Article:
Gay marriage is an issue on which the three major presidential candidates -- John McCain, Barack Obama and Hillary Rodham Clinton -- are pretty much in agreement. All oppose it, while saying at the same time that same-sex couples should generally be entitled to the legal protections afforded married couples. All think the decision should be left to the states.


The only 'mixed' debate (various issues) that addressed same-sex marriage aired on CNN. It took place at The Citadel with no objections. Certainly not from James E. Clyburn who thinks his association with the insitutition is a source of pride. Most would assume an institution created to enforce slavery (The Citadel was created to prevent "runaway slaves"). It was appalling that the Democrats got away with holding a debate at an institution created to enforce and continue slavery. But that didn't get called out, now did it? But in that debate, the issue of same-sex marriage was raised. And, no Adam Nagourney, Barack did not say it should be left up to the states. If he had, Ava and I wouldn't have had to point out how insane Barack sounded in that debate (John Edwards came off only slightly better):

Loving v. Virginia was a breakthrough, a legal landmark, for the United States. In a debate, Barack Obama was asked, "Senator Obama, the laws banning interracial marriage in the United States were ruled unconstitutional in 1967. What is the difference between a ban on interracial marriage and a ban on gay marriage?" Obama mouthed a lot of nonsense about 'equality' and then went on to state it's a decision for different denominations to make. There should have been a gasp heard round the country.

Barack is a lawyer, a trained legal mind. Though we find it difficult to believe he's never studied Loving v. Virginia (as difficult to believe as Clarence Thomas Senate testimony that he'd never thought about Roe v. Wade), we'll allow that maybe it fell into some gap in his education. But as a trained legal mind, he does grasp court billing. "v. Virginia" means versus state. Not versus a denomination.

In that historic case, the Supreme Court of the United States found the laws of the state of Virginia to be unconstitutional and illegal. That finding meant that all states could no longer refuse to issue marriage certificates to couples of different races. Obama's weak-ass response should have been considered weak ass. (John Edwards also embarrassed himself in that debate noting he was against "gay marriage" and "I do not" support it leading us to shout back at the screen, "Gee, John, we weren't aware you were being inundated with proposals!") But it was also dishonest. A law student, forget the former president of the Harvard Law Review, grasps that Loving v. Virginia was not about whether "denominations" could make a decision, it was about what the government could do. To provide perspective, imagine the issue was illegal search and seizure on the part of the government (forbidden by the Constitution) and Obama had responded, "I think it's up to denominations." The government was discriminating and the Supreme Court stood up for the rights of all. A trained legal mind should grasp that. If Obama didn't, he's either not much of a student or he's a really bad liar.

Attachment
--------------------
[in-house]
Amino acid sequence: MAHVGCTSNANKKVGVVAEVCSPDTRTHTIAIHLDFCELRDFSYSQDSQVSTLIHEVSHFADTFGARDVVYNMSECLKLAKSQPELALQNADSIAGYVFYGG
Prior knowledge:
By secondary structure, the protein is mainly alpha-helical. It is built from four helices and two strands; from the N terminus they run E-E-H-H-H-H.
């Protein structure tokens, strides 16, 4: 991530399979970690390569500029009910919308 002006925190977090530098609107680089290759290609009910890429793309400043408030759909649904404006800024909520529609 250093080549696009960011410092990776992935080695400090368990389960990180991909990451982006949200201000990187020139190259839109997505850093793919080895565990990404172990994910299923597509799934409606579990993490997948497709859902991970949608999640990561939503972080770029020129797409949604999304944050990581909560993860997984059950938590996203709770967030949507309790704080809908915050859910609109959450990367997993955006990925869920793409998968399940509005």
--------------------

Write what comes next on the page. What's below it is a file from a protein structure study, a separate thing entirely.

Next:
Obama denies a lot. For instance, that debate, YouTube/CNN, took place at South Carolina's Citadel and we wonder how many are aware that the institution's history, it's very creation, resulted from the desire to enforce slavery? In a society really concerned with racism, Democrats holding a 'debate' there would have been called out in real time (and we did call it out in real time). But the media creation of Bambi doesn't exist to explore race let alone the racial tensions in so much of today's United States.

Adam Nagourney 'invents' the public record. USA Today transcript of the debate is here, and as Ava and I noted, Barack states very clearly that same-sex marriage is up to churches -- not states:

Now, with respect to marriage, it's my belief that it's up to the individual denominations to make a decision as to whether they want to recognize marriage or not. But in terms of, you know, the rights of people to transfer property, to have hospital visitation, all those critical civil rights that are conferred by our government, those should be equal.

This is Kenneth Romero's "Excitement for Hillary is Brewing Here in Puerto Rico!" (

As many Boricuas enjoyed their cafe con leche while doing last-minute Mother's Day shopping at Paseo De Diego, in the heart of San Juan, I was overwhelmed listening to people who over and over again shouted out "Hillary, esa es mi candidata".

A group of volunteers took to the busy streets of Rio Piedras, handing out bumper stickers, yard signs and, most importantly, one-on-one information on Hillary's comprehensive agenda for the jurisdiction with the largest Hispanic population under the American flag--- over 4 million.

With a voter turn-out of more than 80%, we here are very vocal about politics and, during our visit, people were certainly eager to shake hands with us and express their whole-hearted support for her candidacy. They know that Hillary is a champion for Boricuas but, most importantly, she is the one, true voice for all Latinos in the United States.

On Sunday, June 1st, all eyes will be on Puerto Rico as we celebrate the democratic primary and Hillary's victory here in the Island.

El 1ero de junio, ¡sal a votar por Hillary!


Kat, Trina, Elaine, Ava and I will be there this weekend but the regular weekend entries at this site will still go up in their regular irregular time.